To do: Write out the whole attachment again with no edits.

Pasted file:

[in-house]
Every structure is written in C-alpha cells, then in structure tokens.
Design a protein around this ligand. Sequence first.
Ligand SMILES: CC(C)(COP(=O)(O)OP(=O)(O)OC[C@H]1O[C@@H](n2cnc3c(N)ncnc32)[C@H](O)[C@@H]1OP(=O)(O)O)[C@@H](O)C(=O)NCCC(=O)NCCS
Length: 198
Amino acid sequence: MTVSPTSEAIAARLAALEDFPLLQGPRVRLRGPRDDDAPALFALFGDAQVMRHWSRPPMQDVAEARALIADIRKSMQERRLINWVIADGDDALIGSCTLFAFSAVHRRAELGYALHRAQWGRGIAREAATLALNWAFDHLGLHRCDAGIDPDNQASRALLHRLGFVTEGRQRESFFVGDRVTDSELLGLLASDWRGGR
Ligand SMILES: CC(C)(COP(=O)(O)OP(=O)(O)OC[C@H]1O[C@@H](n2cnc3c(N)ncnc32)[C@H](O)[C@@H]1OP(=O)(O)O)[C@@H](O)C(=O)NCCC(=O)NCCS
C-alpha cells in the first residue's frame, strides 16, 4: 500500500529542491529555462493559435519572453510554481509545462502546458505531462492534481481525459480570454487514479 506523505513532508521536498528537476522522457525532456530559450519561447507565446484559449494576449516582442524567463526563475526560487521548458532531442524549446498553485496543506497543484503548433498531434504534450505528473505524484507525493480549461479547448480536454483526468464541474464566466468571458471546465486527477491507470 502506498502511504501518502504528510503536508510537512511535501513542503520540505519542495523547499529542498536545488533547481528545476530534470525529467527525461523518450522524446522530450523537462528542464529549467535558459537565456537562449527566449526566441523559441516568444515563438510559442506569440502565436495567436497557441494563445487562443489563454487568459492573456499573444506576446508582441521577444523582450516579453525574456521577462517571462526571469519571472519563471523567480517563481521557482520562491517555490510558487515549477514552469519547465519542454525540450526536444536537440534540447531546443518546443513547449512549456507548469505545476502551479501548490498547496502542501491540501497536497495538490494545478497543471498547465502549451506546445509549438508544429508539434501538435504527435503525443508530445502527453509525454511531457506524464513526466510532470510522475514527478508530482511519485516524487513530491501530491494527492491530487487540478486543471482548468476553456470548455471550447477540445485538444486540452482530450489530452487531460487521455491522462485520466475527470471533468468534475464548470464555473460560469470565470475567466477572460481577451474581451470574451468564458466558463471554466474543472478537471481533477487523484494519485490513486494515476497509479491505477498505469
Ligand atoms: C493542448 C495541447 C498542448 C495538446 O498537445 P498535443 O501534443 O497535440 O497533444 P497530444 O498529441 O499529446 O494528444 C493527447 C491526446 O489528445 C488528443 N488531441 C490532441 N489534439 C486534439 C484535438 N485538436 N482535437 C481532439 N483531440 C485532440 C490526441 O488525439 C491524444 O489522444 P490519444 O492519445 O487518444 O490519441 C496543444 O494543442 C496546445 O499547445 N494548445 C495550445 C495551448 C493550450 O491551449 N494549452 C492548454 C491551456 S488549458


[in-house]
Every structure is written in C-alpha cells, then in structure tokens.
Design a protein around this ligand. Sequence first.
Ligand SMILES: CC(C)(COP(=O)(O)OP(=O)(O)OC[C@H]1O[C@@H](n2cnc3c(N)ncnc32)[C@H](O)[C@@H]1OP(=O)(O)O)[C@@H](O)C(=O)NCCC(=O)NCCS
Length: 198
Amino acid sequence: MTVSPTSEAIAARLAALEDFPLLQGPRVRLRGPRDDDAPALFALFGDAQVMRHWSRPPMQDVAEARALIADIRKSMQERRLINWVIADGDDALIGSCTLFAFSAVHRRAELGYALHRAQWGRGIAREAATLALNWAFDHLGLHRCDAGIDPDNQASRALLHRLGFVTEGRQRESFFVGDRVTDSELLGLLASDWRGGR
Ligand SMILES: CC(C)(COP(=O)(O)OP(=O)(O)OC[C@H]1O[C@@H](n2cnc3c(N)ncnc32)[C@H](O)[C@@H]1OP(=O)(O)O)[C@@H](O)C(=O)NCCC(=O)NCCS
C-alpha cells in the first residue's frame, strides 16, 4: 500500500529542491529555462493559435519572453510554481509545462502546458505531462492534481481525459480570454487514479 506523505513532508521536498528537476522522457525532456530559450519561447507565446484559449494576449516582442524567463526563475526560487521548458532531442524549446498553485496543506497543484503548433498531434504534450505528473505524484507525493480549461479547448480536454483526468464541474464566466468571458471546465486527477491507470 502506498502511504501518502504528510503536508510537512511535501513542503520540505519542495523547499529542498536545488533547481528545476530534470525529467527525461523518450522524446522530450523537462528542464529549467535558459537565456537562449527566449526566441523559441516568444515563438510559442506569440502565436495567436497557441494563445487562443489563454487568459492573456499573444506576446508582441521577444523582450516579453525574456521577462517571462526571469519571472519563471523567480517563481521557482520562491517555490510558487515549477514552469519547465519542454525540450526536444536537440534540447531546443518546443513547449512549456507548469505545476502551479501548490498547496502542501491540501497536497495538490494545478497543471498547465502549451506546445509549438508544429508539434501538435504527435503525443508530445502527453509525454511531457506524464513526466510532470510522475514527478508530482511519485516524487513530491501530491494527492491530487487540478486543471482548468476553456470548455471550447477540445485538444486540452482530450489530452487531460487521455491522462485520466475527470471533468468534475464548470464555473460560469470565470475567466477572460481577451474581451470574451468564458466558463471554466474543472478537471481533477487523484494519485490513486494515476497509479491505477498505469
Ligand atoms: C493542448 C495541447 C498542448 C495538446 O498537445 P498535443 O501534443 O497535440 O497533444 P497530444 O498529441 O499529446 O494528444 C493527447 C491526446 O489528445 C488528443 N488531441 C490532441 N489534439 C486534439 C484535438 N485538436 N482535437 C481532439 N483531440 C485532440 C490526441 O488525439 C491524444 O489522444 P490519444 O492519445 O487518444 O490519441 C496543444 O494543442 C496546445 O499547445 N494548445 C495550445 C495551448 C493550450 O491551449 N494549452 C492548454 C491551456 S488549458